Common (i.e. ordinary explosive) shells and shrapnel shells were fired with the standard full service charge of 30 pounds R.L.G. gunpowder or 33 pounds P (pebble) gunpowder, as for these velocity was not as important.
Studded Common shell without gas-check, 1872
Studded common shell with gas-check
Studless common shell with Rotating gas-check
Studless Palliser shell with rotating gas-check
- Needles Old Battery, Isle of Wight, UK
- A gun from the Needles Old Battery, now outside Southsea Castle, Portsmouth, UK
- Hurst Castle, Hampshire, UK
- Fort Widley, Hampshire, UK
- Harwich Redoubt, Essex, UK
- Mk V No. 592 at South Head, Sydney, Australia
- MK I No. 1670 of 1867 at Fort Queenscliff, Victoria, Australia
- No.s 1679 & 1683 at The Strand, Williamstown, Victoria, Australia
- No.s 1669 & 1675 at Fort Gellibrand, Victoria, Australia
- Mk V gun of 1872 at Whampoa, Kowloon, Hong Kong
- At York Redoubt National Historic Site, Halifax, Nova Scotia, Canada
- A gun at The Citadel, Quebec, Canada
- Mk I Number 22 at Middle North Battery, Simon's Town, South Africa, and still being fired.
- Mark I – Mark VI = Mark 1 through to Mark 6. Britain used Roman numerals to denote Marks (models) of ordnance until after World War II. Hence this article describes the six models of RML 9-inch guns.
- Unit cost of £739 17 shillings 8 pence is quoted in The British Navy Volume II, 1882, by Sir Thomas Brassey. Page 38
- "Relative worth in 2013: labour cost". Measuring Worth. Retrieved 1 October 2014.
- Treatise on Construction of Service Ordnance 1877, page 292
- 250 lb projectile is quoted in 1877 Treatise on Ammunition; 253 lb 5 oz in Text Book of Gunnery 1887; 256 lb in Text Book of Gunnery 1902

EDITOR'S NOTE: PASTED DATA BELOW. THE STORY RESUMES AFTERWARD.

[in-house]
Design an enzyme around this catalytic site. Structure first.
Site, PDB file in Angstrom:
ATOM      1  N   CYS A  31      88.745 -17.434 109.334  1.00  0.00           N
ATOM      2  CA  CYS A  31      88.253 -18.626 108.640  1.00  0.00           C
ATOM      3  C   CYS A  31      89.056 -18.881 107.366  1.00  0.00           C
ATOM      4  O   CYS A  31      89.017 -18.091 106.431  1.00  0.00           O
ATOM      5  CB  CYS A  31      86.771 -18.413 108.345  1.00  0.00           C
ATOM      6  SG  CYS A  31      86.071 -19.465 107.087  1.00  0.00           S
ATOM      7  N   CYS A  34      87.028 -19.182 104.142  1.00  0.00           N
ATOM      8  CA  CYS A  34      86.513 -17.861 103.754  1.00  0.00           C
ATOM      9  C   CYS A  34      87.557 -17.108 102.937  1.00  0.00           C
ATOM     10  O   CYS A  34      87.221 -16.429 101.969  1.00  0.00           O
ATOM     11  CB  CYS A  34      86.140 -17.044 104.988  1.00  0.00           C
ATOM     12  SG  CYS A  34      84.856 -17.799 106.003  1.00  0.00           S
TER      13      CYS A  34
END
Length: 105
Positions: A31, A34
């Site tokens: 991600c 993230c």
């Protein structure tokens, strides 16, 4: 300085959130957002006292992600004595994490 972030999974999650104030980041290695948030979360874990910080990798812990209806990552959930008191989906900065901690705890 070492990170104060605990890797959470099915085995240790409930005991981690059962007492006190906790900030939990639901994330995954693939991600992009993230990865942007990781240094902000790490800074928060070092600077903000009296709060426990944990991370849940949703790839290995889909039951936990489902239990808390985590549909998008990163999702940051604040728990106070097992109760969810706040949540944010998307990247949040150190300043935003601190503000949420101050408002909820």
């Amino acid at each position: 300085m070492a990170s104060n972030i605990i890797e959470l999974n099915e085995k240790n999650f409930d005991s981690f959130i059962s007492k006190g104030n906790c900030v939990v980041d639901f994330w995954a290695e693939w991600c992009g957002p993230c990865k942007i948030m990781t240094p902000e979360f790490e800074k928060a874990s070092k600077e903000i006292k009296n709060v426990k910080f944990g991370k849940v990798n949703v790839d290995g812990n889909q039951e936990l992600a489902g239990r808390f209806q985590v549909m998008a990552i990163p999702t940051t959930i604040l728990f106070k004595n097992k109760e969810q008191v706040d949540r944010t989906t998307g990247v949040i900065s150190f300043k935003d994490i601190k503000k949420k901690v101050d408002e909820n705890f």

- Hogg & Thurston 1972; Text Book of Gunnery 1902
- 1,420 feet/second firing 250-pound projectile with battering charge of 50 pound P (gunpowder). Treatise on Construction of Service Ordnance 1877, page 348
- Holley states that Daniel Treadwell first patented the concept of a central steel tube kept under compression by wrought-iron coils.. and that Armstrong's assertion that he (Armstrong) first used a wrought-iron A-tube and hence did not infringe the patent, was disingenuous, as the main point in Treadwell's patent was the tension exerted by the wrought-iron coils, which Armstrong used in exactly the same fashion. Holley, Treatise on Ordnance and Armour, 1865, pages 863–870
- Treatise on Construction of Service Ordnance 1877, pages 92–93 and 277–280
- Hogg & Thurston 1972, page 158-159
- Treatise on Ammunition 1877, page 220
- Treatise on the construction and manufacture of ordnance in the British service. War Office, UK, 1877
- Text Book of Gunnery, 1887. LONDON : PRINTED FOR HIS MAJESTY'S STATIONERY OFFICE, BY HARRISON AND SONS, ST. MARTIN'S LANE
- Text Book of Gunnery, 1902. LONDON : PRINTED FOR HIS MAJESTY'S STATIONERY OFFICE, BY HARRISON AND SONS, ST. MARTIN'S LANE
- Treatise on Ammunition. 2nd Edition 1877. War Office, UK.
- Treatise on Ammunition, 4th Edition 1887. War Office, UK.
- Sir Thomas Brassey, The British Navy, Volume II. London: Longmans, Green and Co. 1882
- I.V. Hogg & L.F. Thurston, British Artillery Weapons & Ammunition 1914–1918. London: Ian Allan, 1972.
- Alexander Lyman Holley, A Treatise on Ordnance and Armor published by D Van Nostrand, New York, 1865
- "High Angle Fire Mountings and Batteries" at Victorian Forts website
- " Handbook for the 9-inch rifled muzzle-loading gun of 12 tons Marks I to VIc", 1894, London. Published by Her Majesty's Stationery Office
|Wikimedia Commons has media related to RML 9 inch 12 ton Gun.|
- Diagram of gun on Moncrieff disappearing mounting, at Victorian Forts website
- Diagram of gun on Casemate A Pivot mounting, at Victorian Forts website
- Diagram of gun on C Pivot, at Victorian Forts website
- Diagram of gun on Dwarf A Pivot, at Victorian Forts website
- Diagram of gun on High Angle mounting, at Victorian Forts website